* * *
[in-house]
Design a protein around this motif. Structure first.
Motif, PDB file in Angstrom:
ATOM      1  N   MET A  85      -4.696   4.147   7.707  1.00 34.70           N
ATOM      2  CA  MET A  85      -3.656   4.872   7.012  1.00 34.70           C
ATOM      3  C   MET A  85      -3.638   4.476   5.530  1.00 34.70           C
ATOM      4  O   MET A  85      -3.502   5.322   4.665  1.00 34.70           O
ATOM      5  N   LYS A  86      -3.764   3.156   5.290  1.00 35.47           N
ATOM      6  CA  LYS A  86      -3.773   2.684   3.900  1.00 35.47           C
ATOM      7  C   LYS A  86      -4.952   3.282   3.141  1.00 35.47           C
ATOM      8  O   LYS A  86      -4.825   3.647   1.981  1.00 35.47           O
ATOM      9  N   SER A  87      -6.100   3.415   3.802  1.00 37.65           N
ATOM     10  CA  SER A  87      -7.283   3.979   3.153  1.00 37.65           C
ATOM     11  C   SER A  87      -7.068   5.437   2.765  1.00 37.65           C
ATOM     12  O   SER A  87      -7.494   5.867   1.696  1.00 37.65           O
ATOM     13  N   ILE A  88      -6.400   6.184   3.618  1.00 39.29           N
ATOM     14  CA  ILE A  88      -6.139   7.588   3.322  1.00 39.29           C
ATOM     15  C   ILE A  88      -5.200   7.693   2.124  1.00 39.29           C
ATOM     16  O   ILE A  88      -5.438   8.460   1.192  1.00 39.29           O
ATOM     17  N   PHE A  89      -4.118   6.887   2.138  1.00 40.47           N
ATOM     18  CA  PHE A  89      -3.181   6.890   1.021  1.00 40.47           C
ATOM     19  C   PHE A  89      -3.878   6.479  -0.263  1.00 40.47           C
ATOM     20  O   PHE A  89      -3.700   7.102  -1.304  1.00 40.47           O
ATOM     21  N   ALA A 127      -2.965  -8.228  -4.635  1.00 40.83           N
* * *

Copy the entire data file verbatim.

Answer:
[in-house]
Design a protein around this motif. Structure first.
Motif, PDB file in Angstrom:
ATOM      1  N   MET A  85      -4.696   4.147   7.707  1.00 34.70           N
ATOM      2  CA  MET A  85      -3.656   4.872   7.012  1.00 34.70           C
ATOM      3  C   MET A  85      -3.638   4.476   5.530  1.00 34.70           C
ATOM      4  O   MET A  85      -3.502   5.322   4.665  1.00 34.70           O
ATOM      5  N   LYS A  86      -3.764   3.156   5.290  1.00 35.47           N
ATOM      6  CA  LYS A  86      -3.773   2.684   3.900  1.00 35.47           C
ATOM      7  C   LYS A  86      -4.952   3.282   3.141  1.00 35.47           C
ATOM      8  O   LYS A  86      -4.825   3.647   1.981  1.00 35.47           O
ATOM      9  N   SER A  87      -6.100   3.415   3.802  1.00 37.65           N
ATOM     10  CA  SER A  87      -7.283   3.979   3.153  1.00 37.65           C
ATOM     11  C   SER A  87      -7.068   5.437   2.765  1.00 37.65           C
ATOM     12  O   SER A  87      -7.494   5.867   1.696  1.00 37.65           O
ATOM     13  N   ILE A  88      -6.400   6.184   3.618  1.00 39.29           N
ATOM     14  CA  ILE A  88      -6.139   7.588   3.322  1.00 39.29           C
ATOM     15  C   ILE A  88      -5.200   7.693   2.124  1.00 39.29           C
ATOM     16  O   ILE A  88      -5.438   8.460   1.192  1.00 39.29           O
ATOM     17  N   PHE A  89      -4.118   6.887   2.138  1.00 40.47           N
ATOM     18  CA  PHE A  89      -3.181   6.890   1.021  1.00 40.47           C
ATOM     19  C   PHE A  89      -3.878   6.479  -0.263  1.00 40.47           C
ATOM     20  O   PHE A  89      -3.700   7.102  -1.304  1.00 40.47           O
ATOM     21  N   ALA A 127      -2.965  -8.228  -4.635  1.00 40.83           N